The US corporate earnings season kicks-off on a strong footing, with estimates for S&P500 2021 EPS growth, at +28%
The US economic outlook continues to improve, following significantly better-than-expected retail sales data for March.
The Atlanta Fed’s GDPNow model points to growth of +8% qoq saar (+0.8% yoy) for Q1:2021, compared with +6% qoq saar (+0.3% yoy) one week before and from an outcome of +4.3% qoq saar (-2.4% yoy) in Q4:2020. The upward revision for real personal consumption growth (10.5% qoq saar vs 7.2% qoq saar), contributed to the upside. The official advance estimate from the Bureau of Economic Analysis, is due on April 29th.
Reflecting the improving activity, US Q1:2021 earnings season has begun on a strong footing. Specifically, the mean positive surprise per company, hovers at 30% (a record-high level in aggregate) vs a 5-year average of 7%.
S&P500 Financials have led EPS surprises, due to better top line growth, as well as due to lower provisioning. Indeed, Financials’ EPS growth for the quarter, has surged to +119% yoy.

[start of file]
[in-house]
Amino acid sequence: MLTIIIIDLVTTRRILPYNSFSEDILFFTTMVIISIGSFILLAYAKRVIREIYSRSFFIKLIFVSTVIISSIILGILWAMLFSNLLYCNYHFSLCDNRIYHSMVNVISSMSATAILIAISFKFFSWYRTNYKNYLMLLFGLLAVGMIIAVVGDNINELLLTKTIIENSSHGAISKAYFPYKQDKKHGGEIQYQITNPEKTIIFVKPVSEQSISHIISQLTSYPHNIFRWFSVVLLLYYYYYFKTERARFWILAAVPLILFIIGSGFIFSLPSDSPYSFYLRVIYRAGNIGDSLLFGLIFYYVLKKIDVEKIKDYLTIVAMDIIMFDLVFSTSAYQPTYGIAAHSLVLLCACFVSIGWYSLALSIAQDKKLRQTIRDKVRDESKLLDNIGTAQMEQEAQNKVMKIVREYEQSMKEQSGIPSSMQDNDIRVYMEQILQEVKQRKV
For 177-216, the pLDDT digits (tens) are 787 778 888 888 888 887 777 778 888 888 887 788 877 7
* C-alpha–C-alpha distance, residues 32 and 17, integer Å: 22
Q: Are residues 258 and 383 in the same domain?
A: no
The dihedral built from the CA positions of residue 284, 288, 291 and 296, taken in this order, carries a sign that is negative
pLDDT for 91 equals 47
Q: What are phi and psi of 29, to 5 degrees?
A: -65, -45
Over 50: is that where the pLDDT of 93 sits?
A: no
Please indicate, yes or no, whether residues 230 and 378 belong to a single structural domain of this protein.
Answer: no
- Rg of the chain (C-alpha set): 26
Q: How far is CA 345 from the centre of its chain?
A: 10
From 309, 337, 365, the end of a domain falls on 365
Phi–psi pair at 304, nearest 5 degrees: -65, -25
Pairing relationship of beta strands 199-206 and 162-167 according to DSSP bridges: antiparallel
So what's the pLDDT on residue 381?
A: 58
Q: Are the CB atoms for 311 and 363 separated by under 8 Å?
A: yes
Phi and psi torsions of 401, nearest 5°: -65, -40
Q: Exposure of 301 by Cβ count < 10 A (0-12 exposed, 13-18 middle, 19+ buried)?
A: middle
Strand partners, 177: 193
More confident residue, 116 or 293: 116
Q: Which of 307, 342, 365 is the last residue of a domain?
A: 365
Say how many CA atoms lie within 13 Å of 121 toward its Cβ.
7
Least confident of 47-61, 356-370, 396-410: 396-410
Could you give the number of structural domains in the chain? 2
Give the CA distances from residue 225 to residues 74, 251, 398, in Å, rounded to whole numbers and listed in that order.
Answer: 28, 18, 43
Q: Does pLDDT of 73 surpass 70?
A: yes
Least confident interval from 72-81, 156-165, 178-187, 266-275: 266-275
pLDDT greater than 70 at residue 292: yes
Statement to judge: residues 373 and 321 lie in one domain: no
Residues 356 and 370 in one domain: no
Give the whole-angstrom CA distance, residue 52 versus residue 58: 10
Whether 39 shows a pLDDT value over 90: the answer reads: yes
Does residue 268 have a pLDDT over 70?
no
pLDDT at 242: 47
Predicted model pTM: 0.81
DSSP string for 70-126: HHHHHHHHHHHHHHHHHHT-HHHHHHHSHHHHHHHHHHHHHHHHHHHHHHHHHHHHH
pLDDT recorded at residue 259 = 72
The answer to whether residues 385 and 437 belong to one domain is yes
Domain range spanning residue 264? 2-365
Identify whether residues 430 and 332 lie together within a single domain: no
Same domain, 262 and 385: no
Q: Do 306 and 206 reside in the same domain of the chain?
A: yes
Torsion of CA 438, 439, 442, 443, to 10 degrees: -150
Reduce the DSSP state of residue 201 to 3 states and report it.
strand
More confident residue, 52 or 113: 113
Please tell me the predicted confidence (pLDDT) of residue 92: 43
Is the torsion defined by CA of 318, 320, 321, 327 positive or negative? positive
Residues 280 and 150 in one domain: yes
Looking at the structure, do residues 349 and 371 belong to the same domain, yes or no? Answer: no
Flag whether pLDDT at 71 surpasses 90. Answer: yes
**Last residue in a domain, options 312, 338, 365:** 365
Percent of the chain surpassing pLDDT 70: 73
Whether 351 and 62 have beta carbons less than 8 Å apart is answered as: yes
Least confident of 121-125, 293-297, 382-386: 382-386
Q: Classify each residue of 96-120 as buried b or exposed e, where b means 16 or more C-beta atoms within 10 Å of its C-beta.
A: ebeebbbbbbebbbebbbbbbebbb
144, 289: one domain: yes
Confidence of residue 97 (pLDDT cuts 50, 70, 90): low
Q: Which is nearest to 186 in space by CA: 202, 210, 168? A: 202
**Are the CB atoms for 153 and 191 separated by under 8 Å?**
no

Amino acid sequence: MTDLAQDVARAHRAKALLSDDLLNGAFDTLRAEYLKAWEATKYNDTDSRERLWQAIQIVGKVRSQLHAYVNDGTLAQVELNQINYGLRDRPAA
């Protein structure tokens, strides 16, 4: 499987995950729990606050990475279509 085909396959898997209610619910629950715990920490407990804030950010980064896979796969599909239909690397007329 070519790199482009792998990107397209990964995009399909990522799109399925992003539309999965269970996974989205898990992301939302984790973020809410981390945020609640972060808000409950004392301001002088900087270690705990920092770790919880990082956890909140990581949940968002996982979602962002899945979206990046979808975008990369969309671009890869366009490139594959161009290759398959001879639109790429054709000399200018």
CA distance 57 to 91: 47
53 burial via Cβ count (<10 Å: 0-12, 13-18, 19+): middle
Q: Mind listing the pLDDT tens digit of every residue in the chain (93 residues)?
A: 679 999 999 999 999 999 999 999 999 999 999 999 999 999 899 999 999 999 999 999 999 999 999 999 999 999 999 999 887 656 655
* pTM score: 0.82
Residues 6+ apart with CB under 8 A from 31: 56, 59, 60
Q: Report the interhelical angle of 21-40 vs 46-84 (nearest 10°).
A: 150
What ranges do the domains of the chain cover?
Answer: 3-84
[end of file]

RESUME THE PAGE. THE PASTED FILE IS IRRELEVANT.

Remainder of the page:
Regarding the other sectors, Consumer Discretionary’s expected EPS growth of +109% for Q1:2021, is the second highest between all sectors, with Automobiles having the largest growth rate by far (+1316% yoy) within the sector. Materials follow, with an earnings growth of 47% yoy. Within the sector, the Metals & Mining industry, is expected to overperform (+476% yoy). On the contrary, two sectors are expected to report a decline of earnings (Industrials: -20% yoy and Energy: -14% yoy).
Overall, consensus analyst expectations for S&P500 EPS growth in Q1:2021, stand at +30% yoy, compared with +24% yoy on March 31st. Looking forward, analysts also predict a double-digit annual growth of earnings in the following quarters of 2021 (Q2: +55% yoy, Q3: +20% yoy, Q4: +16% yoy).
These high growth rates are due, inter alia, to the comparison with weaker earnings in 2020, following the negative impact of COVID-19 on many industries. Overall, 2021 S&P500 EPS growth, is expected at +28% yoy, from -11% yoy in 2020.
There are two downside risks for corporate profitability. First, the President Biden’s proposal for an increase in the corporate tax rate from 21% to 28% to partially fund the “American Jobs Plan”. This would reverse half of the 14 pps decline from 35% to 21% by the Tax Cuts and Jobs Act of 2017. Nevertheless, the exemptions and deductions embedded in the US tax code, could reduce the possible impact of higher statutory tax rates.
Second, the supply disruptions combined with the increase in input costs, may decrease profit margins. Note that prices of processed goods for intermediate demand, rose by 4% in March (the largest increase since 1974), while for a 12-month period, prices rose by 12.5% (the largest increase since 2008). This could have a remarkable effect on companies which may not be able to adjust their end-customer prices higher.